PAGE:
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Liz Truss will become the shortest-serving prime minister in UK history after announcing her resignation as Conservative Party leader today.

Truss’ 45 days in office have been defined by economic and political turmoil, as markets crashed in response to her controversial mini-Budget.

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Despite reversing many of the central measures of the so-called growth plan and replacing its architect, Kwasi Kwarteng, the past week has seen her political authority almost completely evaporate, with numerous Conservative MPs calling for her resignation.

“Given the situation, I cannot deliver the mandate on which I was elected by the Conservative Party,” said Truss, in a statement outside No 10 Downing Street.

Truss said she had informed the King of her decision and met with the chair of the 1922 committee, Sir Graham Brady, where they agreed that a leadership election would take place within the next week, with the prime minister remaining in post until a successor is chosen.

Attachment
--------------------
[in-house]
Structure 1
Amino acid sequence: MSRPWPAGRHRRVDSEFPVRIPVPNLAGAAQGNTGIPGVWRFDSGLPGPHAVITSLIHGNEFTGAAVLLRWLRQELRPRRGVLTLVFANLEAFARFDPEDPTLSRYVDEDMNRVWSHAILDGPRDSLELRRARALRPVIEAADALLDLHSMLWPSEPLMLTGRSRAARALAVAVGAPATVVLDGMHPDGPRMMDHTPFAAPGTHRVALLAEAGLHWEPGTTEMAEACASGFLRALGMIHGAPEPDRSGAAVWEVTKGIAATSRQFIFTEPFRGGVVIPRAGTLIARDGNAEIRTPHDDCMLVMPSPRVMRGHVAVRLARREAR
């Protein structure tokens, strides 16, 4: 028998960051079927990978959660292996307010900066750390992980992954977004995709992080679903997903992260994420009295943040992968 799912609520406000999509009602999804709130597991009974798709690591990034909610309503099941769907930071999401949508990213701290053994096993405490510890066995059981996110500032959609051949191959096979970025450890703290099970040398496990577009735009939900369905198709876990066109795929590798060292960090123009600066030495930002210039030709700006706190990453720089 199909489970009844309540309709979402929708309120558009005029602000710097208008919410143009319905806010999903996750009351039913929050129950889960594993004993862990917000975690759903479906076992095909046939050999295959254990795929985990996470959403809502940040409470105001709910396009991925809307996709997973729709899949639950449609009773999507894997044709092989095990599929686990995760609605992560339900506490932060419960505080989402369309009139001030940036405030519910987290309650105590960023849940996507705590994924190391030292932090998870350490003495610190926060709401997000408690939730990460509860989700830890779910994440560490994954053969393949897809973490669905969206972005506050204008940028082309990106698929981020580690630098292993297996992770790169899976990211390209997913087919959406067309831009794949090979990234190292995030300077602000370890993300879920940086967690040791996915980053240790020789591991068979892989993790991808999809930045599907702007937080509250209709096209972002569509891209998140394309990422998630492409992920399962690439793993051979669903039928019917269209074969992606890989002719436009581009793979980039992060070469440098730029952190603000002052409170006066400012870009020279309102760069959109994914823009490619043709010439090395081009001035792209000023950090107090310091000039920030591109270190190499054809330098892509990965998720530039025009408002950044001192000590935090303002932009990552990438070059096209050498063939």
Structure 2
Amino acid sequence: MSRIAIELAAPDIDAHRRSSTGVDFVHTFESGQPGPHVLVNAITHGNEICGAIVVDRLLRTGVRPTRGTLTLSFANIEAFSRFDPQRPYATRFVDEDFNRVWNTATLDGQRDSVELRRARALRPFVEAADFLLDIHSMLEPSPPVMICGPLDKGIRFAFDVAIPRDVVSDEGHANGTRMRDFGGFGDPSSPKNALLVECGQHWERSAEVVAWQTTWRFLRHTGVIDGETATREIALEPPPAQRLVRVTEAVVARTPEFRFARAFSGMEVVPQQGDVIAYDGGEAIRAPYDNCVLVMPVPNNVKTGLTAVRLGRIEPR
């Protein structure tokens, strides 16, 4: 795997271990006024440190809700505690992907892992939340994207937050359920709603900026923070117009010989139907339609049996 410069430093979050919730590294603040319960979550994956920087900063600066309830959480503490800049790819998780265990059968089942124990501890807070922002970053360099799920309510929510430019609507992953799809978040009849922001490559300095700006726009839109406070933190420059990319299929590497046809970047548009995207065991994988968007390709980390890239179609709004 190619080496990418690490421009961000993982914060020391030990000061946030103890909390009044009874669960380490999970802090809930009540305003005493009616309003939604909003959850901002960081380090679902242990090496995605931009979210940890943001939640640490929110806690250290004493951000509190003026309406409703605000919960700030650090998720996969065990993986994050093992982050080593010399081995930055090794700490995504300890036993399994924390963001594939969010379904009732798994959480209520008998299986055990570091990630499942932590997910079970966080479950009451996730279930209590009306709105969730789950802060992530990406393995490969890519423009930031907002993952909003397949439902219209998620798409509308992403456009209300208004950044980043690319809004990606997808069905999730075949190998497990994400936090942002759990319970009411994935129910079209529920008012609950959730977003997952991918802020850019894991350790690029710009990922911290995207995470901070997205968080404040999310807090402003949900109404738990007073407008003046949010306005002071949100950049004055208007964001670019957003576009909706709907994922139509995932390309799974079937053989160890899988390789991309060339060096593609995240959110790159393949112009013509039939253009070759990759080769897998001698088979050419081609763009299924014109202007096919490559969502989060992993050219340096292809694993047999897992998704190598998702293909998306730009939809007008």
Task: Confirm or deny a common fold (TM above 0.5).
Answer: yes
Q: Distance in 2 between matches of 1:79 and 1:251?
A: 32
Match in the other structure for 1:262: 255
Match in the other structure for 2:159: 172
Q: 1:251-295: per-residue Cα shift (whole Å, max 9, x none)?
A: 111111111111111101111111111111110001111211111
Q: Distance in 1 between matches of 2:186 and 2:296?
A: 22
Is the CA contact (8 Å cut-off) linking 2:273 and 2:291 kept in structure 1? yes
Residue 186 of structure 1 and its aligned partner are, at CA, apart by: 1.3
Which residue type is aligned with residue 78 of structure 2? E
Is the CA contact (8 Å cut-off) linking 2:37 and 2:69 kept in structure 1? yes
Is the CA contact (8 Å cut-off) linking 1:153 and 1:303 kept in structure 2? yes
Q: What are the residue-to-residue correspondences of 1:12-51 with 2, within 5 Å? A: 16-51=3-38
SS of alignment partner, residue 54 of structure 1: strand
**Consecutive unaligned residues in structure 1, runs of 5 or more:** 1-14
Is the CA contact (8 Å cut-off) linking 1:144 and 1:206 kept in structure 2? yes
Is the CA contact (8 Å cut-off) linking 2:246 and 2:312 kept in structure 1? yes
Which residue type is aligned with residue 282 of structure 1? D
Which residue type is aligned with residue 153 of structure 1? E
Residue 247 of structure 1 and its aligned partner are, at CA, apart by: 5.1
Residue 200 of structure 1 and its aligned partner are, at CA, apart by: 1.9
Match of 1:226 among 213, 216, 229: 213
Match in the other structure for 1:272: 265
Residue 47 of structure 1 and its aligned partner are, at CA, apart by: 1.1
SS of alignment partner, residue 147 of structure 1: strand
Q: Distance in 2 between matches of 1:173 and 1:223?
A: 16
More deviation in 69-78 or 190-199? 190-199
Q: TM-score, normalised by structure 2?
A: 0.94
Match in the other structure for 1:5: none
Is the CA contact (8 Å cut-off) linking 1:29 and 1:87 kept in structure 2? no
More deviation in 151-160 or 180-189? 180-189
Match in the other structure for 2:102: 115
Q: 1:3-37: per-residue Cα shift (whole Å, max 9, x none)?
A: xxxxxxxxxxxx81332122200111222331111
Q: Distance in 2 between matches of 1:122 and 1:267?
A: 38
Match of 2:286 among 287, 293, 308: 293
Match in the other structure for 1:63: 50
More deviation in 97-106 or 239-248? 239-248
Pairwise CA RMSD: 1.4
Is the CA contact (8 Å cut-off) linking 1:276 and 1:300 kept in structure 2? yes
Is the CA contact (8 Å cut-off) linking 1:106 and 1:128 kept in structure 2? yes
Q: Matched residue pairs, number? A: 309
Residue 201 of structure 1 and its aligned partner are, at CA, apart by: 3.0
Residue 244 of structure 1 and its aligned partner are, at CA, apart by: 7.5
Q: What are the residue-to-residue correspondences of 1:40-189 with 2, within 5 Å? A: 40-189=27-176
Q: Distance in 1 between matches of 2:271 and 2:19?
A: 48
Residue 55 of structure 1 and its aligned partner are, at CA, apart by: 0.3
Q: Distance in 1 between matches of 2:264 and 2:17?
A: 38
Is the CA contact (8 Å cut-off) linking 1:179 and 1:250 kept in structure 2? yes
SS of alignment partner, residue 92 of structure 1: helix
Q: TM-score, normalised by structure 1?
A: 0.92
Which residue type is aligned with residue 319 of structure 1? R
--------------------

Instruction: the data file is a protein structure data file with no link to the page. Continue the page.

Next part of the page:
“This will ensure that we remain on a path to deliver our fiscal plans and maintain our country’s economic stability and national security,”  Truss said.

The move means that the country will have a new prime minister – its third of the year – by the time the recently appointed chancellor Jeremy Hunt delivers the much-anticipated fiscal statement on 31 October.

Hunt has already reportedly confirmed he is not going to stand for the leadership and will remain as chancellor, with former chancellor Rishi Sunak and leader of the House of Commons Penny Mordaunt tipped as favourites to replace Truss.

Stocks rose in London on news of the statement, with the FTSE 250 index gaining 0.8%, and the pound rose above €1.12.

Leader of the opposition Sir Keir Starmer has called for an immediate general election, stating that the Conservative Party “has shown it no longer has a mandate to govern”. The Liberal Democrats made the same call.